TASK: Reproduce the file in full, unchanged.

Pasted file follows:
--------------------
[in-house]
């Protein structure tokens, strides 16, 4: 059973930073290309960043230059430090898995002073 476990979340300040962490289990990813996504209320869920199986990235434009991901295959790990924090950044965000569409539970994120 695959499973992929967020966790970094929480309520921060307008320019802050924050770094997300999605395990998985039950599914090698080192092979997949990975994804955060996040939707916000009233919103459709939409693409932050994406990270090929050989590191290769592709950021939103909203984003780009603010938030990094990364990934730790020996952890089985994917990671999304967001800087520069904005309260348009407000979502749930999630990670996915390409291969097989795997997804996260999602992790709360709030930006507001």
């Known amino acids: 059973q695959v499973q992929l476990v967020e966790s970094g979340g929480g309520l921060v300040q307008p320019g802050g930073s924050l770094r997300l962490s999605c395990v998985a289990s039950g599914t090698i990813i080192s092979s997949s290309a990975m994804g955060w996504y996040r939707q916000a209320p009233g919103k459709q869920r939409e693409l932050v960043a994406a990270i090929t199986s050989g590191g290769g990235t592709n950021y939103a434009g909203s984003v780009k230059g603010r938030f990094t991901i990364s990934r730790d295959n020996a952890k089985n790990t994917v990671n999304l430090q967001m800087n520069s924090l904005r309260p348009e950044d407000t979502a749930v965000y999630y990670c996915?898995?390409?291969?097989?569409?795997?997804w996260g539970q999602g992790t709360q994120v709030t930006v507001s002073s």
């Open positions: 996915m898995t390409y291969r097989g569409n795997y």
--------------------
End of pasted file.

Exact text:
[in-house]
């Protein structure tokens, strides 16, 4: 059973930073290309960043230059430090898995002073 476990979340300040962490289990990813996504209320869920199986990235434009991901295959790990924090950044965000569409539970994120 695959499973992929967020966790970094929480309520921060307008320019802050924050770094997300999605395990998985039950599914090698080192092979997949990975994804955060996040939707916000009233919103459709939409693409932050994406990270090929050989590191290769592709950021939103909203984003780009603010938030990094990364990934730790020996952890089985994917990671999304967001800087520069904005309260348009407000979502749930999630990670996915390409291969097989795997997804996260999602992790709360709030930006507001």
């Known amino acids: 059973q695959v499973q992929l476990v967020e966790s970094g979340g929480g309520l921060v300040q307008p320019g802050g930073s924050l770094r997300l962490s999605c395990v998985a289990s039950g599914t090698i990813i080192s092979s997949s290309a990975m994804g955060w996504y996040r939707q916000a209320p009233g919103k459709q869920r939409e693409l932050v960043a994406a990270i090929t199986s050989g590191g290769g990235t592709n950021y939103a434009g909203s984003v780009k230059g603010r938030f990094t991901i990364s990934r730790d295959n020996a952890k089985n790990t994917v990671n999304l430090q967001m800087n520069s924090l904005r309260p348009e950044d407000t979502a749930v965000y999630y990670c996915?898995?390409?291969?097989?569409?795997?997804w996260g539970q999602g992790t709360q994120v709030t930006v507001s002073s």
């Open positions: 996915m898995t390409y291969r097989g569409n795997y």